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LadyGeek
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Post by LadyGeek » Thu Jul 08, 2010 8:36 pm

Sounds good to me. Changes made. View the "Recent changes" on the left sidebar menu to see what we did.

I also corrected the left sidebar menu to show "Support this site" instead of "Make a Donation".

Thanks!
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foglifter
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Orders page

Post by foglifter » Mon Jul 19, 2010 6:55 pm

I think it would be nice to include a few words about trailing stop orders on the Orders page.

Thanks

Penguin
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Post by Penguin » Sun Aug 15, 2010 8:38 pm

In the WIKI on Roth IRA

Conversion to Roth IRA

Conversions from a Traditional IRA to a Roth IRA require one to pay the tax due (without penalty tax) on any previously untaxed Traditional IRA assets converted. For an analysis of the potential benefits of a conversion, see Roth IRA conversion. In general, conversions work best when one is in a low tax bracket and when the source of funds for paying the tax are available outside of the IRA. If the tax is paid out of the converted assets, the payment is considered an early distribution and is subject to both income tax, and if one is under age 59 1/2, a 10 percent penalty tax.[4]
You can convert a Traditional IRA to a Roth IRA if:
your Modified AGI (see above) does not exceed $100,000, and
you are not married filing separately.
The Modified AGI limit does not apply in 2010. Also, taxes on funds converted in 2010 can be paid over two years, 2011 and 2012 [needs a reference].

The reference is IRS pub 590 p 63 (2009)

New rules for conversions and rollovers from IRAs and employer plans to Roth IRAs. For tax years starting in 2010, the $100,000 modified AGI limit for conversions and rollovers to Roth IRAs is eliminated and married taxpayers filing a separate return can now convert and roll over amounts to a Roth IRA. For any conversions or rollovers in 2010, any amounts that are required to be included in income are included in income in equal amounts in 2011 and 2012. If you elect otherwise, you can choose to include the entire amount in income in 2010.

Note that the $100,000 modified AGI limit will be gone in years subsequent to 2010. Also for 2010 only you may choose to pay taxes on conversion either all in 2010 or in equal amounts in 2011 and 2012.
Jon

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LadyGeek
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Post by LadyGeek » Mon Aug 16, 2010 8:47 pm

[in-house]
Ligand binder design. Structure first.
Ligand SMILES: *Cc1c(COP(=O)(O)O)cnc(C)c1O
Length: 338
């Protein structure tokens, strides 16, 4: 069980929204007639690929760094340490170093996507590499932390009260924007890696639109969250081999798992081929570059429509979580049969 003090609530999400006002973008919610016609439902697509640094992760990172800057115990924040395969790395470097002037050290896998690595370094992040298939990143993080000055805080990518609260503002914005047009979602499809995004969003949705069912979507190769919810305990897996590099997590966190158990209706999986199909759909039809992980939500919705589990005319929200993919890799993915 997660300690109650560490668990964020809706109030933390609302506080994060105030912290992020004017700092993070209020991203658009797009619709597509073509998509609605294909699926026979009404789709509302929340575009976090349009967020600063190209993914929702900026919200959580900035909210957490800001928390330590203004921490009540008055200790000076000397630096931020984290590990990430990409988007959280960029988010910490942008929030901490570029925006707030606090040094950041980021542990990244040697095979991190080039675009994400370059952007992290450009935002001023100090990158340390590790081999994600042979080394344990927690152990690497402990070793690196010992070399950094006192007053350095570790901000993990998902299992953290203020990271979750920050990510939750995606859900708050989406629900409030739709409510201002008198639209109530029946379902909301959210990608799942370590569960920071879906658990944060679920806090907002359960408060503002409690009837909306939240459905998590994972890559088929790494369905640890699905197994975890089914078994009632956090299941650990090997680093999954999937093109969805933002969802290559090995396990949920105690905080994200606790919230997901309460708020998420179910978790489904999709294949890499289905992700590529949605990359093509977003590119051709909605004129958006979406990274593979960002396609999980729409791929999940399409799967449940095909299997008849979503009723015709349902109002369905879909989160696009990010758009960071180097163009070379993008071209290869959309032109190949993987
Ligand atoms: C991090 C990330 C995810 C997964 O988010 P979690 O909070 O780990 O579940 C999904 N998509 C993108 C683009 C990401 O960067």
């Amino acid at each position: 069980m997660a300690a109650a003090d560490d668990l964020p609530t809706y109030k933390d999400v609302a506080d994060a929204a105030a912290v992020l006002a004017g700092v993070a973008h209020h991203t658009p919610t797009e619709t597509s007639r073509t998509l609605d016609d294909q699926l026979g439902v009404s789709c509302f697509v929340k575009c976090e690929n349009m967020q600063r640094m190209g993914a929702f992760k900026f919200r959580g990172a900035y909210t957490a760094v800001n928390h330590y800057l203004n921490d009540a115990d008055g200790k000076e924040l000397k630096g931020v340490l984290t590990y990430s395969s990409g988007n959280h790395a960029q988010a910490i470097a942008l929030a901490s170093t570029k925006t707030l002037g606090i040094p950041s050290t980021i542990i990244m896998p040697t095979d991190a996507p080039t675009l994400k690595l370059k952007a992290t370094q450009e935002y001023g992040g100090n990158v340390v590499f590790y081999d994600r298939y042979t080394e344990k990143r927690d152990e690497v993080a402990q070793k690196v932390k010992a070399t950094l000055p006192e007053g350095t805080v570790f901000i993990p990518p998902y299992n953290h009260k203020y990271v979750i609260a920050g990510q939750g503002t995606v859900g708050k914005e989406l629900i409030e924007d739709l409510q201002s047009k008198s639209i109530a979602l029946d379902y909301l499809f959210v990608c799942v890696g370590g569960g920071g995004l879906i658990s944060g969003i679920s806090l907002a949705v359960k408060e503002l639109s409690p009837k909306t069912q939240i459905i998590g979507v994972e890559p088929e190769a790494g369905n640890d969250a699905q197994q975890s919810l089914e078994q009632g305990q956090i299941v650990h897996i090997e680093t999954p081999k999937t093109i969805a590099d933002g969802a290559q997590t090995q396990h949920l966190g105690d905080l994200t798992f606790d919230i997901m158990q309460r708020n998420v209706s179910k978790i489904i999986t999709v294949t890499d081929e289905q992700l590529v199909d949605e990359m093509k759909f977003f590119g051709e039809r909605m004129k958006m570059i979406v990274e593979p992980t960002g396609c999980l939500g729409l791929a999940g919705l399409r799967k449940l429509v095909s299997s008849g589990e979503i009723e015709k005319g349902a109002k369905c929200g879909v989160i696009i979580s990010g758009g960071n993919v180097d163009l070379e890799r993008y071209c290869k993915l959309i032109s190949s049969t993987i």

Thanks for the suggestion. I modified your wording slightly to fit the format. Please post back if you have any comments or corrections.

Please see Roth IRA on the Bogleheads Wiki.

(Barry Barnitz added the reference. This is a group effort.)

Update: The first part of your request (add reference to Modified AGI limit) was duplicated in the added section, so I removed this sentence.
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add Frank Armstrong to the Financial Professionals list

Post by blacktupelo » Sun Oct 10, 2010 11:32 am

On the Wiki page listing financial professionals I think Frank Armstrong should be added, with a link to his website: http://www.investorsolutions.com/ . Frank's Morningstar writing is what got me hooked on Bogleheads and passive investing and his firm continues that approach today for individuals and groups.

Larry Nolan
Larry

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Taylor Larimore
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Frank Armstrong

Post by Taylor Larimore » Sun Oct 10, 2010 11:39 am

I agree with Larry.

Disclosure: Frank is a Miami neighbor, friend and taught me much of what I know about Boglehead investing.
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Barry Barnitz
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Armstrong link:

Post by Barry Barnitz » Sun Oct 10, 2010 1:05 pm

Hi Larry & Taylor:

Done. Please see Financial Websites and Blogs on the Bogleheads Wiki.

Thanks,
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retiredjg
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Re: Armstrong link:

Post by retiredjg » Sun Oct 10, 2010 1:12 pm

Barry Barnitz wrote:Hi Larry & Taylor:

Done. Please see Financial Websites and Blogs on the Bogleheads Wiki.

Thanks,

There seems to be a little opps. The link brings you to this thread, not Armstrong's website.

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LadyGeek